Dedicated to the 56 game hitting streak of Joe DiMaggio, this pencil is striped like the Yankee uniforms he played in. It uses the 602 core and is foil stamped in gold with a gold ferrule and blue eraser. I ended up buying red erasers for this and making it a Cubs pencil.

Volume 344: Dorothea Lange Edition

Dedicated to Dorothea Lange and her famous photographs, 344 stands for the lot number at the Library of Congress that contains many of her photos, including the famous, iconic “Migrant Mother”. The core is 602…again. It has a deep red barrel (closer to brown, to my eyes), red imprint, red ferrule and black eraser. It’s supposed to look like a 602 pencil in a dark room. This was the first Vol. Edition to get the new logo and word mark, as well as the new erasers…more on that below.

Volume 530: Gold Rush Edition

Sutter’s Mill, California is the place where gold was first discovered, and is CA Historical Site 530, the namesake of this pencil. Gold barrel and ferrule with a black stripe, black imprint and black eraser. This has the extra firm, or 24, core in it. Not dedicated to a person, but a feeling, the feeling of striking gold, of those “Eureka!” moments. See my full review and my video.

Rebranding of Palomino

This year Palomino rebranded, taking away the horse logo and replacing it with a Three Tree logo. The first Volumes pencil to have it was the 344, but they rebranded all their pencils this year. They also changed the word mark from a thin, extended sans-serif to a more geometric sans-serif, furthering the homogenization of basically every word mark on the planet. I don’t mind the logo change, Palomino is owned by Cal-Cedar and their logo is 3 trees, and it further puts the brand under the umbrella, but the word mark change bugs me. Was the old word mark ugly and dated? Yeah. It was time for something different. But to use the same thing that everyone else is doing, moving word marks to plain geometric sans-serif fonts…it just rubs me the wrong way. I would’ve rather stayed with the old ugly one than this. This is a huge misstep that’s overshadowed by the fact that no one really pays attention to this type of thing.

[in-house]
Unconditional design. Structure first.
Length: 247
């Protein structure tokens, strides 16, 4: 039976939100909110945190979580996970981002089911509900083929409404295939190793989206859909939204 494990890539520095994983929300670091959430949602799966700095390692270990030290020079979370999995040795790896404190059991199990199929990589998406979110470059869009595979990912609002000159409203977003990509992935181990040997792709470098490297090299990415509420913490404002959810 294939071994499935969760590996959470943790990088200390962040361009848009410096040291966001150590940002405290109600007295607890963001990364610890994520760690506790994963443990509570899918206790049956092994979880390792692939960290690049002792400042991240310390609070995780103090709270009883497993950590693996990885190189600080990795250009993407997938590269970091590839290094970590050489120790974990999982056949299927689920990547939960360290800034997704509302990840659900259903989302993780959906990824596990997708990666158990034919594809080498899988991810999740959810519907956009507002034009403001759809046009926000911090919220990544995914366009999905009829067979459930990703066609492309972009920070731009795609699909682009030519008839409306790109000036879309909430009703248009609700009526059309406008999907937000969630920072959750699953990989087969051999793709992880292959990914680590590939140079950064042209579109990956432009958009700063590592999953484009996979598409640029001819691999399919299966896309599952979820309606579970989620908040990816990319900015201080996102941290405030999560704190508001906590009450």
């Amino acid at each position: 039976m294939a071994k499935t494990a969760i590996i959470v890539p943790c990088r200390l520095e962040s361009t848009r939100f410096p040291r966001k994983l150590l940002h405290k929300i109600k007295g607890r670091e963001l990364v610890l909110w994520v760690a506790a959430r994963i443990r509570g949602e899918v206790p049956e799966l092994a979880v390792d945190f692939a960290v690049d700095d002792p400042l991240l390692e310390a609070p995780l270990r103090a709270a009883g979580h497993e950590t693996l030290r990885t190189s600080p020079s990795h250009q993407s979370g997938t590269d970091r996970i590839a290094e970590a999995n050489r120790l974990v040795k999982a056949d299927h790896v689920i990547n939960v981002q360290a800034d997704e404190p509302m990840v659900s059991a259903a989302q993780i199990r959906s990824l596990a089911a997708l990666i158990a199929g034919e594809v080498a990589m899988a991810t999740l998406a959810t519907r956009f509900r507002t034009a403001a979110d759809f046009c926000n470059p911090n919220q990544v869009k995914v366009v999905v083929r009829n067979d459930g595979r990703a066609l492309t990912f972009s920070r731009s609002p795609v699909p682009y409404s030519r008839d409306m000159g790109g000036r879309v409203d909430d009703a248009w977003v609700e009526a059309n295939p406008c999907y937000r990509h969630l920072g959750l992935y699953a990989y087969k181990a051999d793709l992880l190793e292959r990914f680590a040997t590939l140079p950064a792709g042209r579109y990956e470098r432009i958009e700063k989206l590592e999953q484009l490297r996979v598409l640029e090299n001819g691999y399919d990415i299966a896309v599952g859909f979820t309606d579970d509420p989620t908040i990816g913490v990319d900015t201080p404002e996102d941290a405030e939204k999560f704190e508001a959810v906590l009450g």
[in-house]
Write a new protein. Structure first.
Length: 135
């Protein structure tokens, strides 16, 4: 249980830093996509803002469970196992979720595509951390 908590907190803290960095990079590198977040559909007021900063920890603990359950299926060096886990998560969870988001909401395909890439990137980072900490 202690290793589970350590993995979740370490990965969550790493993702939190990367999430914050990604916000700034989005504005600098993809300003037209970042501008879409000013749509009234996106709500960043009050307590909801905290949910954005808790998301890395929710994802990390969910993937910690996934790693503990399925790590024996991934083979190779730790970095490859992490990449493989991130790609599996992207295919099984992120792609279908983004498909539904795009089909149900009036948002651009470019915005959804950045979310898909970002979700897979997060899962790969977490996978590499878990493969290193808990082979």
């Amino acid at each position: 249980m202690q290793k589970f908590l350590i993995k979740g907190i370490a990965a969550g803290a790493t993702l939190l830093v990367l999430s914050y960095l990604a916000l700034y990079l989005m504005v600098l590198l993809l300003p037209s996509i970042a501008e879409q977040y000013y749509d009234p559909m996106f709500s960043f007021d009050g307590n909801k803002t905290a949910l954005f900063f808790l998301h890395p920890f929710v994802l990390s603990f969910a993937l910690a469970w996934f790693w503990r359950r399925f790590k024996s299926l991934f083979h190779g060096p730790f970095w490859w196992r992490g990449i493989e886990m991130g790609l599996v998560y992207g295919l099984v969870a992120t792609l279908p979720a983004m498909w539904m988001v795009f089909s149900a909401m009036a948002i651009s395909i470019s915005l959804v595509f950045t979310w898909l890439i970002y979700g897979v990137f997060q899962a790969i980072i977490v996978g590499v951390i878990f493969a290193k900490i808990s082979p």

New wordmark. Along with everyone else.

We three trees.

New Eraser style

Finally we got dust-free erasers. They’re still nowhere near as good as the Tomboy 2558 eraser, but I can happily say that, after a few months with these, they have satisfied my want to NOT carry a separate eraser with me, and the day I’m carrying a Blackwing, I don’t have to.

Blackwing Point Guard

See my full review and video. This thing is junk and was not well thought out. I understand the need for wanting to do something different and something all-in-one, with no pieces to slide up and down to hold it in place, the need for something solid…but this ain’t it, folks. It makes a long pencil much longer, and I just don’t see the use case for it. It certainly struggles to fit in a pencil case when using it on a newly started Blackwing.

Blackwing Colors Colored Pencils

Special wax core, only 12 colors. I didn’t get any, nor do I care to. Instead, I’ll let Ana do the talking.


I think that about wraps it up for Palomino’s 2016. Overall, it was a good year for them, but not a homerun. I would like to see a little more exploration in cores next year, as they really only have 4 they play with and we only saw two this year. I would like to see a year-round offering with the Extra-Firm 24 core in it, and maybe another natural offering. More to come in my 2017 Wish List post…be on the lookout for that.